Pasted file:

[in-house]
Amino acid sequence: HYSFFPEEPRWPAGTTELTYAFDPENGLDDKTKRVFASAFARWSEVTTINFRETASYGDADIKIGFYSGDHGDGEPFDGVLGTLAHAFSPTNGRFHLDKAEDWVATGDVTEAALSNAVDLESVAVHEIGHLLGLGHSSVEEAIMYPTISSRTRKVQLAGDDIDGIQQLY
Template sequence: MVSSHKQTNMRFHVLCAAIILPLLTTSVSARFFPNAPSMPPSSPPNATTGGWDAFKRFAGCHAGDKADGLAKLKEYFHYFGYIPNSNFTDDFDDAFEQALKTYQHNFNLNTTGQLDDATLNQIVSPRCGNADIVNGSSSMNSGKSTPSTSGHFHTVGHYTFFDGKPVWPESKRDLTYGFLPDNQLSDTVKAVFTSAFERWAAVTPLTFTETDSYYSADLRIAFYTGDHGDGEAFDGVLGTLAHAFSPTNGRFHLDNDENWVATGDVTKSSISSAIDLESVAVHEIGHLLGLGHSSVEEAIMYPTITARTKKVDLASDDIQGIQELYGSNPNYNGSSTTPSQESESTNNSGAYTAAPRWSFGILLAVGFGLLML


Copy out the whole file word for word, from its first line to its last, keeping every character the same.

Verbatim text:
[in-house]
Amino acid sequence: HYSFFPEEPRWPAGTTELTYAFDPENGLDDKTKRVFASAFARWSEVTTINFRETASYGDADIKIGFYSGDHGDGEPFDGVLGTLAHAFSPTNGRFHLDKAEDWVATGDVTEAALSNAVDLESVAVHEIGHLLGLGHSSVEEAIMYPTISSRTRKVQLAGDDIDGIQQLY
Template sequence: MVSSHKQTNMRFHVLCAAIILPLLTTSVSARFFPNAPSMPPSSPPNATTGGWDAFKRFAGCHAGDKADGLAKLKEYFHYFGYIPNSNFTDDFDDAFEQALKTYQHNFNLNTTGQLDDATLNQIVSPRCGNADIVNGSSSMNSGKSTPSTSGHFHTVGHYTFFDGKPVWPESKRDLTYGFLPDNQLSDTVKAVFTSAFERWAAVTPLTFTETDSYYSADLRIAFYTGDHGDGEAFDGVLGTLAHAFSPTNGRFHLDNDENWVATGDVTKSSISSAIDLESVAVHEIGHLLGLGHSSVEEAIMYPTITARTKKVDLASDDIQGIQELYGSNPNYNGSSTTPSQESESTNNSGAYTAAPRWSFGILLAVGFGLLML